Last week, my wife was at home with the kids on a lazy late-summer Thursday for them. She put away laundry while the boy and girl parked themselves on the couch, watching a movie.
She checked on them after a little while and noticed the two of them slouched down on the couch, with a blanket pulled all the way up to their eyes. She asked what this was all about.
“We’re hiding,” my daughter said.
“We don’t want Hurricane Irene to get us,” added my son.
This was interesting. I was experiencing the threat of a hurricane for the first time, as a relatively new resident of Virginia. We hadn’t mentioned at all to our kids that there was a storm coming, certainly one called Hurricane Irene.
But enough conversations about the weather, and checking of hurricane forecast maps, and a trip to Target where mom bought a whole bunch of things she didn’t normally purchase allowed the kids to figure it out on their own.
When my wife talked with the kids about the storm, they were filled with all sorts of quizzical inquiries. “Is it like a tornado?” “Can the water wash us away?” “Is our house safe?”
Mom used the Big Bad Wolf analogy to describe it, and that eased our kids’ minds a little bit. We live in a brick house, so even though the Big Bad Wolf (or Irene) will blow and blow, it won’t blow our house down.
For the few days before the storm arrived, the kids had a great time. They wore their light-up miner’s hats around the house. My daughter, who’s learning her words, wrote out H-U-R-R-I-C-A-N-E I-R-E-N-E over and over.
On the morning of the storm, we sat in our screened-in back porch and ate breakfast while rain pelted down around us. The kids loved watching the squirrel that hung upside down on the screen of the porch in an ambitious attempt to stay dry. We played games, we watched a few movies.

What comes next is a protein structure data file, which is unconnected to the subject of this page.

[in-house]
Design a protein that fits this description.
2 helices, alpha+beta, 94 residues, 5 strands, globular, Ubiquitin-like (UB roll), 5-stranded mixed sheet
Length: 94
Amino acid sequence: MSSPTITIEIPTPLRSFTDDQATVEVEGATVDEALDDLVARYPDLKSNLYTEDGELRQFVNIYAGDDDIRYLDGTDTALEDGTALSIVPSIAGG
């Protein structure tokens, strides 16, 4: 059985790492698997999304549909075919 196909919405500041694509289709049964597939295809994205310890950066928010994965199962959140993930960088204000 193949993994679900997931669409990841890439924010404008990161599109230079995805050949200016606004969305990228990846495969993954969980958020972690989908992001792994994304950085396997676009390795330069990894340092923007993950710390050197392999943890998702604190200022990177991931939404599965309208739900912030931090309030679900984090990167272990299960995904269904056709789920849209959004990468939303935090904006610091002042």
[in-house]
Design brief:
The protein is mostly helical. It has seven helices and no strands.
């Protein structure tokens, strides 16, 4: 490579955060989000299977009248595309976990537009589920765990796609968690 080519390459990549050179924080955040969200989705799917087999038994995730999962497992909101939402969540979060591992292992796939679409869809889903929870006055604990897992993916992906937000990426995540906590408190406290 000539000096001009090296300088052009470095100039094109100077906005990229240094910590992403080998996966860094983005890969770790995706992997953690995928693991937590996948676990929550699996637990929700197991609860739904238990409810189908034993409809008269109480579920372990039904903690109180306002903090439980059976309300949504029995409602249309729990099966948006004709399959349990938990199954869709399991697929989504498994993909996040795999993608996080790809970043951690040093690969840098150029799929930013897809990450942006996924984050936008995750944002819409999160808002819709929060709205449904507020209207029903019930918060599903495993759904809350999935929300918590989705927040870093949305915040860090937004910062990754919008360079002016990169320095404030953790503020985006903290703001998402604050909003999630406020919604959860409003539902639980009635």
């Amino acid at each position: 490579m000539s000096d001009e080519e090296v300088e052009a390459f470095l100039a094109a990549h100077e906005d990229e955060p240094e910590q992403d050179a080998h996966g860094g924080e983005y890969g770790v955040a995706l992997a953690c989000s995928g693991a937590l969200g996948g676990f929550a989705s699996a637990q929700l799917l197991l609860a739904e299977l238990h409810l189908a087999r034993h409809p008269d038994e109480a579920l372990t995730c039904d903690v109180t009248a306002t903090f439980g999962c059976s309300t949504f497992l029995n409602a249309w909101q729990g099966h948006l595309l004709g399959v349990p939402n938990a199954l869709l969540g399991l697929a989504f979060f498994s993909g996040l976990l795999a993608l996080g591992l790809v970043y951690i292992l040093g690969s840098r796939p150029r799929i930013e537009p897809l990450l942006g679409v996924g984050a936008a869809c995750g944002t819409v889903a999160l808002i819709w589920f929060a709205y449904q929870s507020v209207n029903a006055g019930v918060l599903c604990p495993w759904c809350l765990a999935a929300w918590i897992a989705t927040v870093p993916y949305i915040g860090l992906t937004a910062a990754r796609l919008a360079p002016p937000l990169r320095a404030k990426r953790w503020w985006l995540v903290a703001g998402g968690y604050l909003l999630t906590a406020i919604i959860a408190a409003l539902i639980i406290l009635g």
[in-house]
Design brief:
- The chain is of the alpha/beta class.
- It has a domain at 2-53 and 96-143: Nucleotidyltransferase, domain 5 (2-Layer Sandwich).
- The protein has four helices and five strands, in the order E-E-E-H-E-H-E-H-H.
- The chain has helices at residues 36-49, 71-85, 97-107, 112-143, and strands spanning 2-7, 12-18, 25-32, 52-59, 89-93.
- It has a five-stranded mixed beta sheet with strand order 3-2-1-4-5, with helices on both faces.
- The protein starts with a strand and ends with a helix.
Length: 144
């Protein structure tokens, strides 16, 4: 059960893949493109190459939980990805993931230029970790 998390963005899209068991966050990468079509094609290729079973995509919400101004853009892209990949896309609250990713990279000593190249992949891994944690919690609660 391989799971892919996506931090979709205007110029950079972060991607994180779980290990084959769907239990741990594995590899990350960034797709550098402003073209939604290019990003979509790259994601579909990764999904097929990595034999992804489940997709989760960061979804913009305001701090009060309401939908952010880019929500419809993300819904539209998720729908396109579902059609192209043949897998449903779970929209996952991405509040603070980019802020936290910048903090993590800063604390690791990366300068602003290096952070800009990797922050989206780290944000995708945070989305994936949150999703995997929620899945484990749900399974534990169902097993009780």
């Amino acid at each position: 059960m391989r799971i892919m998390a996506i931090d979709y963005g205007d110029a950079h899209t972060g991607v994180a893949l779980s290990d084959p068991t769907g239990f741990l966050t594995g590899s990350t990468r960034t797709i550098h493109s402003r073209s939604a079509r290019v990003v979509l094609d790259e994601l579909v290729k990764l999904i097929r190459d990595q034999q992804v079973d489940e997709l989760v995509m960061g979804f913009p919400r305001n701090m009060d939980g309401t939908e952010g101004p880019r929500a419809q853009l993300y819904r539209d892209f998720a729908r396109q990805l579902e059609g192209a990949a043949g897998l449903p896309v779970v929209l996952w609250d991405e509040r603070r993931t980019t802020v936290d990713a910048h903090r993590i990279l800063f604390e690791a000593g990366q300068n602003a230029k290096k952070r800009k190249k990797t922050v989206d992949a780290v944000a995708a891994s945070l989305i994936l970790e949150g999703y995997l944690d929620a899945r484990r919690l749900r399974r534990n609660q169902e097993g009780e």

Then at 4:29 p.m., the power went out and the storm stopped being fun for our kids.
In the dimming afternoon light, we looked around for something to eat for dinner. Questions like “Are we going to be safe?” came back almost instantly. It took longer than usual to get the kids settled down to sleep, and Saturday night itself was terrifying for the kids, with the winds howling and tree branches flying all around the house outside. Imagine how scary that would be if you were five and a half.
Three nights later, we’re still powerless. And the kids still haven’t gotten over that first night. Our daughter woke up shrieking on Sunday night because the lantern in the hallway had gone out with dead batteries. On Monday night, the boy yelled all night, inconsolable and not able to articulate why he was upset. It’s been a tough stretch for us.
But we’re lucky. Power’s started to come on in our neighborhood. Our only damage was a squirrel vent blown off our chimney, and likely the contents of our fridge and freezer.
What we received in return? Experience. Understanding that the Big Bad Wolf won’t blow your house down, but it’s OK to be a little scared of him (or her) too.
Brendan O’Hallarn writes White Knuckles every Wednesday for WYDaily. He has no idea what he’s doing as a parent. Do you have any ideas for him? Stories of your own? Write Brendan at Brendan@wydaily.com. You can also find him on Twitter, at http://twitter.com/#!/White__Knuckles.